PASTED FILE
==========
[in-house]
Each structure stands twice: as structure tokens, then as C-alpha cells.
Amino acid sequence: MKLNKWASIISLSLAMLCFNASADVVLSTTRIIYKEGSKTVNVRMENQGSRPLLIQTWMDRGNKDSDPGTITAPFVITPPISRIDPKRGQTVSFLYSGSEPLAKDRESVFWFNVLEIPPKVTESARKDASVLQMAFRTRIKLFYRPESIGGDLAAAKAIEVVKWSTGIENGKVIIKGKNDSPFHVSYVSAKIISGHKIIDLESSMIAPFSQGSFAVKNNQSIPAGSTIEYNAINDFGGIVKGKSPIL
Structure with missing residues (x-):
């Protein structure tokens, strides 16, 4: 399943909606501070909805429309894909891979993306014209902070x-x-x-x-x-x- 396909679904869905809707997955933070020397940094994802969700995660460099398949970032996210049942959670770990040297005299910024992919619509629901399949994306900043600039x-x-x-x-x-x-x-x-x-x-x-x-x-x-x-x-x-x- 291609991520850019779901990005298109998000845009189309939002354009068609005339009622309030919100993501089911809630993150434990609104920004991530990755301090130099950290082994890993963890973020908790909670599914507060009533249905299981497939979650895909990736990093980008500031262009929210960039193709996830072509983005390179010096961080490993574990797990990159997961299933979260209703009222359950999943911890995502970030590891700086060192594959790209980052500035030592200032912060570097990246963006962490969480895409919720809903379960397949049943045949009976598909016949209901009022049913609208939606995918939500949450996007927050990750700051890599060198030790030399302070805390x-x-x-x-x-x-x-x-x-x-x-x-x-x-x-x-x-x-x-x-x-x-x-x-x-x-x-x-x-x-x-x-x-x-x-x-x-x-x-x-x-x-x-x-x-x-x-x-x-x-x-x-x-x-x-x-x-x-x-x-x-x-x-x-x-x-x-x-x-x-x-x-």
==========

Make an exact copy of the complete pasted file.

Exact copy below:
[in-house]
Each structure stands twice: as structure tokens, then as C-alpha cells.
Amino acid sequence: MKLNKWASIISLSLAMLCFNASADVVLSTTRIIYKEGSKTVNVRMENQGSRPLLIQTWMDRGNKDSDPGTITAPFVITPPISRIDPKRGQTVSFLYSGSEPLAKDRESVFWFNVLEIPPKVTESARKDASVLQMAFRTRIKLFYRPESIGGDLAAAKAIEVVKWSTGIENGKVIIKGKNDSPFHVSYVSAKIISGHKIIDLESSMIAPFSQGSFAVKNNQSIPAGSTIEYNAINDFGGIVKGKSPIL
Structure with missing residues (x-):
């Protein structure tokens, strides 16, 4: 399943909606501070909805429309894909891979993306014209902070x-x-x-x-x-x- 396909679904869905809707997955933070020397940094994802969700995660460099398949970032996210049942959670770990040297005299910024992919619509629901399949994306900043600039x-x-x-x-x-x-x-x-x-x-x-x-x-x-x-x-x-x- 291609991520850019779901990005298109998000845009189309939002354009068609005339009622309030919100993501089911809630993150434990609104920004991530990755301090130099950290082994890993963890973020908790909670599914507060009533249905299981497939979650895909990736990093980008500031262009929210960039193709996830072509983005390179010096961080490993574990797990990159997961299933979260209703009222359950999943911890995502970030590891700086060192594959790209980052500035030592200032912060570097990246963006962490969480895409919720809903379960397949049943045949009976598909016949209901009022049913609208939606995918939500949450996007927050990750700051890599060198030790030399302070805390x-x-x-x-x-x-x-x-x-x-x-x-x-x-x-x-x-x-x-x-x-x-x-x-x-x-x-x-x-x-x-x-x-x-x-x-x-x-x-x-x-x-x-x-x-x-x-x-x-x-x-x-x-x-x-x-x-x-x-x-x-x-x-x-x-x-x-x-x-x-x-x-």